Soderbergh nicely weaves mystery into ‘Side Effects’

A wordless prologue tells us that a violent act will be committed in Steven Soderbergh’s “Side Effects,” but as the movie then flashes backward, we don’t know when the act will happen or who is involved.

This is an intriguing, mildly distracting device, especially when the first 45 minutes of the movie unfold with only the vaguest idea of what it’s all going to be about. But you know it’s going somewhere.

A high-finance type (Channing Tatum) is released from prison. His wife (Rooney Mara) greets him but seems depressed, which she is, clinically speaking. Her career-minded psychiatrist (Jude Law) prescribes the latest in pill-based health care.

For a while, we suspect “Side Effects” is going to unroll as some kind of cautionary tale about Big Pharma, and the ease with which society embraces the latest soma-like sedative of the brave new world.

But the script by Scott Z. Burns veers into genre thriller territory, and thankfully so. After seeming to drift (in a cool, well-acted way) for half its running time, the film snaps into gear and goes into clockwork motion. We won’t recount any more plot here, but the prologue is re-visited and blood is spilled.

Oscar-winner Soderbergh, whose career has ranged from anti-commercial projects (like the two-part “Che”) to mainstream entertainment (the “Ocean’s Eleven” pictures), knows how to move a film along, even if his work has a dour streak that feels dominant here.

Soderbergh’s style is almost willfully impersonal; he’s like an artist who would rather be a technician. He tends to back away from big dramatic moments, which might be why he doesn’t quite stick the landing in the final 10 minutes or so.

But “Side Effects” is a clean ride. Soderbergh has given new life to Jude Law, for instance, and he allows Catherine Zeta-Jones (as a rival doctor) to indulge her frosty side.

The small roles are uncannily well cast, and Rooney Mara, lately the title character in “The Girl With the Dragon Tattoo,” is terrific. An actress who works in teeny inflections, she understands that the camera is so close you don’t have to emote all over the place to get your point across.

Soderbergh has declared that this will be his final film, as he turns to painting and other pursuits. That’s too bad, even if it’s just a sabbatical: The guy has fine-tuned a certain kind of mainstream movie (lately “Contagion” and “Magic Mike”) and brought it up a notch. We need more of those.

“Side Effects” 3 ½ stars

A clean, well-paced outing by director Steven Soderbergh, which begins like a cautionary tale about Big Pharma and turns into a murder mystery. Psychiatrist Jude Law dispenses pills to a depressed (and excellent ) Rooney Mara, as Channing Tatum looks on.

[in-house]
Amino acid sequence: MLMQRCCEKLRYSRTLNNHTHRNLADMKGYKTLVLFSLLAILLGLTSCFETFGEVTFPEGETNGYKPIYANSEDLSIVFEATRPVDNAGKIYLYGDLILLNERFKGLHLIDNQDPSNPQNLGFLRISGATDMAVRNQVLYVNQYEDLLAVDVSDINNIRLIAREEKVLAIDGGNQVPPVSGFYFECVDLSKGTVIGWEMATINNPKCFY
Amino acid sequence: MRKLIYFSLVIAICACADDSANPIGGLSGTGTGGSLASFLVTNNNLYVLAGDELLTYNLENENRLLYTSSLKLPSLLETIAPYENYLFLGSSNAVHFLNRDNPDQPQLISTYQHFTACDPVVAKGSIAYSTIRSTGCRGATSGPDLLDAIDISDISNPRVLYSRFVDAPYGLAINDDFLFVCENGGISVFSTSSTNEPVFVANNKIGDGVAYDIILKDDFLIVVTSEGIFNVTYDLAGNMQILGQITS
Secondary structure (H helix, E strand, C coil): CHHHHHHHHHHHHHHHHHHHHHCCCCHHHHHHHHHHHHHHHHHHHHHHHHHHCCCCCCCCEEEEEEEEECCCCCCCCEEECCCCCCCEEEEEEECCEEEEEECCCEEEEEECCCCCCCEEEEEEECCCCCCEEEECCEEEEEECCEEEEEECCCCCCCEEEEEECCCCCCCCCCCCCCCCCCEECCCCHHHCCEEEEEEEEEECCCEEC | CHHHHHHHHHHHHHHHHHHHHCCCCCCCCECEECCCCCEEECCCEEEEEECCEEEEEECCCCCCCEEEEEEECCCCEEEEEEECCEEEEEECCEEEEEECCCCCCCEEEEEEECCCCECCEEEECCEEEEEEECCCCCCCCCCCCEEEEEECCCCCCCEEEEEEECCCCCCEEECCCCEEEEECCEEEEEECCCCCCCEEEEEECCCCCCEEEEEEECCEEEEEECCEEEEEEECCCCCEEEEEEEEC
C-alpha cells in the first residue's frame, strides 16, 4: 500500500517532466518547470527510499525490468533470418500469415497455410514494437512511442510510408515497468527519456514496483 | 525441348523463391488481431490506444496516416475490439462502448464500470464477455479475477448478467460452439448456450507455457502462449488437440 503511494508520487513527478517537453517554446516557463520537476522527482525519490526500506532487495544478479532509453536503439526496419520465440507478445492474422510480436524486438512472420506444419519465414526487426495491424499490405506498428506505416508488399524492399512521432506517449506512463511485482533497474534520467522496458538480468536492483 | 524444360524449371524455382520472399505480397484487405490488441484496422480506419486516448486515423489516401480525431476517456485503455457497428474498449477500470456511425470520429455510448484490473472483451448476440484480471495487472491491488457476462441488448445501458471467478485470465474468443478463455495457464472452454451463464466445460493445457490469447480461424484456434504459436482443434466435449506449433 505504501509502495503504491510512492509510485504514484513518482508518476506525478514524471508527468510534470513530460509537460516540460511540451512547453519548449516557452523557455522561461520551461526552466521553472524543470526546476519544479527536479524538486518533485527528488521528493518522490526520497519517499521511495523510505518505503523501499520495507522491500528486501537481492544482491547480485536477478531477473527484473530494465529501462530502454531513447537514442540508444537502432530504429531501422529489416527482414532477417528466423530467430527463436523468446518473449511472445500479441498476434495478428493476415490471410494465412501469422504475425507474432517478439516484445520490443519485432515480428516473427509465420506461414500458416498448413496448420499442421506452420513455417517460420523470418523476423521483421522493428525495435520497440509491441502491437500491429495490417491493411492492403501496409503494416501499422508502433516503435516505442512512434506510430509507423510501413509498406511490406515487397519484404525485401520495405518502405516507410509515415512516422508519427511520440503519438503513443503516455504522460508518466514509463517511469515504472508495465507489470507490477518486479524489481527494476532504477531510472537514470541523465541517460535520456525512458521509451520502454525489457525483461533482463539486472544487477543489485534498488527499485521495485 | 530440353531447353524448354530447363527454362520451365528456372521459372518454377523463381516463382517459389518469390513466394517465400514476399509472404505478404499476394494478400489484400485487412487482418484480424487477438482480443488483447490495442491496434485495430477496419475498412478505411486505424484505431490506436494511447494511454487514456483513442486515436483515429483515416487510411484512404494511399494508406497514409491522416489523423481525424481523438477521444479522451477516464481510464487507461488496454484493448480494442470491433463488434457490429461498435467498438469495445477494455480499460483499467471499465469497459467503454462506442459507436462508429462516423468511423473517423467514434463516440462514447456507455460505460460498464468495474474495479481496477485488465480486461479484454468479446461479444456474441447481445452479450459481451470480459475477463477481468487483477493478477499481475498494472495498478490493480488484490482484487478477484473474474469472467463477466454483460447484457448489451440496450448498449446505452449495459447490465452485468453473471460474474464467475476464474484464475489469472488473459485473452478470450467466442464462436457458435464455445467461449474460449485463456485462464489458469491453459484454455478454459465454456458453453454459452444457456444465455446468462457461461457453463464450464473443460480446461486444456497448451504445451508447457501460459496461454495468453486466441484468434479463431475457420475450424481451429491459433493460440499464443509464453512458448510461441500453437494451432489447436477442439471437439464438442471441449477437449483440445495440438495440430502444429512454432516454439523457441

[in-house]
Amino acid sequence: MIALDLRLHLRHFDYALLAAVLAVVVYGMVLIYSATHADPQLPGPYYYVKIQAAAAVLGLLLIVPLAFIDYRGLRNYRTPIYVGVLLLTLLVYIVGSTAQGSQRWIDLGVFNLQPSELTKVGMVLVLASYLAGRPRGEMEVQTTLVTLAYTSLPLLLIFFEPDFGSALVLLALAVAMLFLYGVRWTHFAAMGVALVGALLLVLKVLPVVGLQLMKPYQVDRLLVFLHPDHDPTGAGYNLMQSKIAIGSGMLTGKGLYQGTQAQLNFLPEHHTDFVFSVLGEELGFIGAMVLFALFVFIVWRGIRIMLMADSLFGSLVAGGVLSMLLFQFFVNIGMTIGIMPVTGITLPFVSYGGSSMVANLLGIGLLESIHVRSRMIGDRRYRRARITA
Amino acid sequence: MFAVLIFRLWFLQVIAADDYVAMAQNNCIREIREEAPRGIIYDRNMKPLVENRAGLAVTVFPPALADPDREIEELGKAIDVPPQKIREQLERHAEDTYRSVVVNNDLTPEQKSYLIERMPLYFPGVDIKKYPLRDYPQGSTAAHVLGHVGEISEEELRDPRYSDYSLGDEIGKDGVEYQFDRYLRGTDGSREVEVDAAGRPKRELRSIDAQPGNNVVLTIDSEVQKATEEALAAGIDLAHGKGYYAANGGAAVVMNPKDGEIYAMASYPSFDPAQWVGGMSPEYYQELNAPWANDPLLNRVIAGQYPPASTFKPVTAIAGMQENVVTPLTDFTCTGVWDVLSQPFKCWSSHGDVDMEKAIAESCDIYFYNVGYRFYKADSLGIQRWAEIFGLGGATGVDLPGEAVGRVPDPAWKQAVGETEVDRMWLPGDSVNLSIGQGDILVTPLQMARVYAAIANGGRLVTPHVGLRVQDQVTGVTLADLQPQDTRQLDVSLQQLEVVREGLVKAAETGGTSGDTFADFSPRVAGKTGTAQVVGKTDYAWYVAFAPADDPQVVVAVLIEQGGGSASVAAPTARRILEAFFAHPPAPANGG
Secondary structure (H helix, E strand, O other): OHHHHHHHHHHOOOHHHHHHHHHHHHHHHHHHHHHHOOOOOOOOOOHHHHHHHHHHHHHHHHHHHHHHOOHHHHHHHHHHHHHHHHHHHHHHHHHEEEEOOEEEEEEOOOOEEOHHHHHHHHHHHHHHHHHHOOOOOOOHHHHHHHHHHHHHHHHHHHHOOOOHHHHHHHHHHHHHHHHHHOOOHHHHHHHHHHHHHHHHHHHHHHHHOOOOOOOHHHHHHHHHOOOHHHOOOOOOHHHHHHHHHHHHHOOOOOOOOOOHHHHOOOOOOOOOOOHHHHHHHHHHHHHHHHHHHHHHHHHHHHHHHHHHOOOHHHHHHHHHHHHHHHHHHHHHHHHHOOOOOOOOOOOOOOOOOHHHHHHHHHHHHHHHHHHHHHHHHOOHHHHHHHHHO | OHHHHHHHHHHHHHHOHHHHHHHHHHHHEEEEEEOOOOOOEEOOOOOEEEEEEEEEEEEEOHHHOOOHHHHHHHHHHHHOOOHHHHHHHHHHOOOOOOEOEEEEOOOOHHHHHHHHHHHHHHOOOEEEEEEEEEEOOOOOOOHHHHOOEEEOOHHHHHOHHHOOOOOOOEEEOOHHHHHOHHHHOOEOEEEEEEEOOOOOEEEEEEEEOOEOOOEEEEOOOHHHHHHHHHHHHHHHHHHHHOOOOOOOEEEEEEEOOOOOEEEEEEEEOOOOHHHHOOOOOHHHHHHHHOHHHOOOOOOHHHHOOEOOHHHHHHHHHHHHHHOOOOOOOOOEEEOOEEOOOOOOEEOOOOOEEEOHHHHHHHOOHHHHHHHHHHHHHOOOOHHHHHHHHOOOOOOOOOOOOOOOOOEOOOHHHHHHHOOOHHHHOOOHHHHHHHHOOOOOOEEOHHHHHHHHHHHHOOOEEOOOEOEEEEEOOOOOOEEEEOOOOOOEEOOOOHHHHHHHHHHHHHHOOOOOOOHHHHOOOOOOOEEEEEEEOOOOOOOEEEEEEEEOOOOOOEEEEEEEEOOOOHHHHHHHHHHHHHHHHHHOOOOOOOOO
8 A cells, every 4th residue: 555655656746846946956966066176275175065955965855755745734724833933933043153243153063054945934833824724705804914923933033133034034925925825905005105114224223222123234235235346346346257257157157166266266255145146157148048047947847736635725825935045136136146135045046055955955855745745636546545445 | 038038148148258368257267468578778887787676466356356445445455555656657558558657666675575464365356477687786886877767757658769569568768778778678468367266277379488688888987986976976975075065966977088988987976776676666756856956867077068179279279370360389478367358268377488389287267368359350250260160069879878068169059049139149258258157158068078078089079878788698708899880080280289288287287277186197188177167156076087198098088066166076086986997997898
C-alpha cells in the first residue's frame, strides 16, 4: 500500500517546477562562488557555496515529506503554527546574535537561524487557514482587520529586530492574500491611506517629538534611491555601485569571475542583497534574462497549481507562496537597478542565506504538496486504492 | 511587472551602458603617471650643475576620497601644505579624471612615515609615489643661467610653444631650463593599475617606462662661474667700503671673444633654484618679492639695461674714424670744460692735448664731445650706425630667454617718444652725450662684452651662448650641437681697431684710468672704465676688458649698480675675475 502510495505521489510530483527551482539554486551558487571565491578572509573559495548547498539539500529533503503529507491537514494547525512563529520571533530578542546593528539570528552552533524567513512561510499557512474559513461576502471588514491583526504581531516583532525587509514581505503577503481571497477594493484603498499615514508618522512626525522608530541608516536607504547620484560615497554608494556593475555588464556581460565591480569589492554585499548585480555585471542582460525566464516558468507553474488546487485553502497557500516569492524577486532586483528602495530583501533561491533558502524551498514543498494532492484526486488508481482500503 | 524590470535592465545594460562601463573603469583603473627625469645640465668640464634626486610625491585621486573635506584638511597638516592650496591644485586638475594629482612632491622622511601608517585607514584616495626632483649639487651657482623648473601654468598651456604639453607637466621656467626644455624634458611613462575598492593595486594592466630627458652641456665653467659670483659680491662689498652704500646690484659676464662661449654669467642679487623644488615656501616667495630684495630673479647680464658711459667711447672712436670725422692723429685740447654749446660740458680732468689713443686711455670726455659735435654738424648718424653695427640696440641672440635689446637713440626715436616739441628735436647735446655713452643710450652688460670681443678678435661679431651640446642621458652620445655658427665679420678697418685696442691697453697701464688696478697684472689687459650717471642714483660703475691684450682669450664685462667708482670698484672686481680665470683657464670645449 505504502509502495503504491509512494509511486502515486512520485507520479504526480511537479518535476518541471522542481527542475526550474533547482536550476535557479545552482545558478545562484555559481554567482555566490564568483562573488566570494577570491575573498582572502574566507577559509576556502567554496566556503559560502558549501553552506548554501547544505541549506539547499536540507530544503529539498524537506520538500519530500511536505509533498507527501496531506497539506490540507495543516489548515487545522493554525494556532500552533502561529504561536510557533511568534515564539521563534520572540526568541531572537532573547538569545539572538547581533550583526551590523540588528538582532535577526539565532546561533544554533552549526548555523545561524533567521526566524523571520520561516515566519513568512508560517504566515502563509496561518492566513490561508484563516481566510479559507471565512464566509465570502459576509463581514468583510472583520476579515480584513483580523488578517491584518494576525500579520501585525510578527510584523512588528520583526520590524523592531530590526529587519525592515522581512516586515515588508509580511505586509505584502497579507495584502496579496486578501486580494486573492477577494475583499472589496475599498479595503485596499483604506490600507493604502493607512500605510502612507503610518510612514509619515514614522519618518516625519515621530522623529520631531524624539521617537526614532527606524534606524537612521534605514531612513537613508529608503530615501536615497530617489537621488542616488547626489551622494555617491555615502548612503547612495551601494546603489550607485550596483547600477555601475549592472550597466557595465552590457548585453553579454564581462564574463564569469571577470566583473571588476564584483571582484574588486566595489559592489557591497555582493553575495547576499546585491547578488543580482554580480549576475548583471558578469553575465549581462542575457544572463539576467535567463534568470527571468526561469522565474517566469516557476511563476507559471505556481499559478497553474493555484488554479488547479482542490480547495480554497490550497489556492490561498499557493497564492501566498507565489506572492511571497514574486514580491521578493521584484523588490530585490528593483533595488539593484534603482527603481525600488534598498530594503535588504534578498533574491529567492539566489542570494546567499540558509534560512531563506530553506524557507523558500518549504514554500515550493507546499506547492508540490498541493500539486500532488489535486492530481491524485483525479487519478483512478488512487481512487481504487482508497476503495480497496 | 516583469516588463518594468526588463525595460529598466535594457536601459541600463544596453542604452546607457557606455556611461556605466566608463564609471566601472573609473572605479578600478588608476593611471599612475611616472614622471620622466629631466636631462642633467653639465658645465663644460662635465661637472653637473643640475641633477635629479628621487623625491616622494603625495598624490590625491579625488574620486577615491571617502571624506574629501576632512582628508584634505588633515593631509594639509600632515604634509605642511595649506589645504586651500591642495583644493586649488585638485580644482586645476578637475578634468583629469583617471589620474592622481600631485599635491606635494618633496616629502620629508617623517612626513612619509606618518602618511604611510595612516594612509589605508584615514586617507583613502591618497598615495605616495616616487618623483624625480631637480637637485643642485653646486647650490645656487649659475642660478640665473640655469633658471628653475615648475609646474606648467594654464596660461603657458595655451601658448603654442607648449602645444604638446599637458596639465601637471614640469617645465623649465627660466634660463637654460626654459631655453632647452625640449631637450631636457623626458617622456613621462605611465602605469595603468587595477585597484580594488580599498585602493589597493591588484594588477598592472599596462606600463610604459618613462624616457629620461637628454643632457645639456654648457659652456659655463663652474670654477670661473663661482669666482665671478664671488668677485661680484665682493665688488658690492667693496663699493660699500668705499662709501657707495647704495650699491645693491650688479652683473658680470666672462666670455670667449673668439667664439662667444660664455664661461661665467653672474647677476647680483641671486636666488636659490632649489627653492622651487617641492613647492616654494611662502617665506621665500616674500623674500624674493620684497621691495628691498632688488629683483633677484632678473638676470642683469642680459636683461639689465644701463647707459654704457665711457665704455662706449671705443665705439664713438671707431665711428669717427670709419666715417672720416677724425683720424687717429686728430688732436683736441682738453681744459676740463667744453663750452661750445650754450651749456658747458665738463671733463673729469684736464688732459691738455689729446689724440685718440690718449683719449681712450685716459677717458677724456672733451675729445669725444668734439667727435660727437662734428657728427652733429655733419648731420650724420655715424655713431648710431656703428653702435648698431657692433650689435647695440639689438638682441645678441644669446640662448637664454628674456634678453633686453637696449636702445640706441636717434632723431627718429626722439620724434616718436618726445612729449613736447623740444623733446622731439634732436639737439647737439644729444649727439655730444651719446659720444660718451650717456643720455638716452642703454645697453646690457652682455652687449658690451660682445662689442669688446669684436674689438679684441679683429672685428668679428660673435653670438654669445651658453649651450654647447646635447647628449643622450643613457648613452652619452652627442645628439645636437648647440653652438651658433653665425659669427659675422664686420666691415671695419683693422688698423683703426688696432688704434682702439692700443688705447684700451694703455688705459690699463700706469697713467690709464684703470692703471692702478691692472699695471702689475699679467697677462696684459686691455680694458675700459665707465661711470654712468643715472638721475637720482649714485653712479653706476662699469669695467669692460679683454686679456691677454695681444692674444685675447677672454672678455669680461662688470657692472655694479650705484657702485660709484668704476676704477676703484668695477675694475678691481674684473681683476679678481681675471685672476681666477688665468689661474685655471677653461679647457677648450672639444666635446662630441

Rated: R for nudity, violence, language.

Showing: Alderwood 7, Cinebarre, Everett Stadium, Galaxy Monroe, Marsyville, Oak Tree, Pacific Place, Sundance, Woodinville, Cascade.

Talk to us

More in Life

The trick to 1892 East’s crispy French toast is a combination of cornflakes and buttery palmiers, which add great crunch and rich flavor. (Bob Chamberlin/Los Angeles Times/MCT)
Is your bread stale? Don’t throw it away; make this treat

Cornflake French toast might seem a bit of a gimmick, but the added crunch is a marvel.

The Washington State Wine Commission is using August, known for decades as Washington Wine Month, to promote the Drink For WA campaign. The commission estimates it will generate 12 million impressions through advertising and social media channels. (Photo courtesy Washington State Wine Commission)
Washington wine commission rolls out Drink for WA campaign

Share an image of your special occasion along with tags of #DrinkForWA and #EatForWA.

It only takes a small amount of cash to build a homemade swamp cooler to make your home comfortable this summer. (Jennifer Bardsley)
Can a do-it-yourself swamp cooler beat the August heat?

Instead of spending $400 for an air conditioner, purchase $25 of simple parts and assemble one yourself.

Fried green tomatoes stand in fro fresh red tomatoes in this BLT sandwich. (Gretchen McKay/Pittsburgh Post-Gazette/TNS)
Make a fried green tomato BLT when you can’t wait for ripe

Firmer than red tomatoes, with a zingy, slightly sour taste, unripe tomatoes hold their shape.

Thai Chicken Kabobs with Noodles. (Linda Gassenheimer/TNS)
This super-easy Thai-inspired dish has a slightly spicy edge

Peanut sauce flavors these Thai chicken kabobs with noodles.

Frozen blueberries team up with banana and yogurt to make a refreshing summer smoothie. (Gretchen McKay/Pittsburgh Post-Gazette/TNS)
Make the most of your fresh-picked blueberries this summer

They can play a starring role in so many recipes, and we’re not just talking dessert- and breakfast-type dishes.

Rich Davis works on finishing the deck of his home in Mukilteo on June 11. (Kevin Clark / The Herald)
Mukilteo man’s pandemic project: A 500-square-foot deck

Rich Davis had never built anything before, but the shutdown left him with ample time to learn a new skill.

Oslo’s City Hall, with stirring murals and art that depict Norway’s history. (Rick Steves, Rick Steves’ Europe)
Rick Steves on Oslo, the polar opposite of ‘Big Box’ culture

The Norwegian capital city is expensive, but its charm and civility are priceless.

Also known as Rose of Sharon, hibiscus is a hardy shrub is one of the few that blooms in the late summer. (Nicole Phillips)
Hibiscus will bring a tropical look to your August garden

Also known as Rose of Sharon, the hardy shrub is one of the few that blooms in the late summer.

Most Read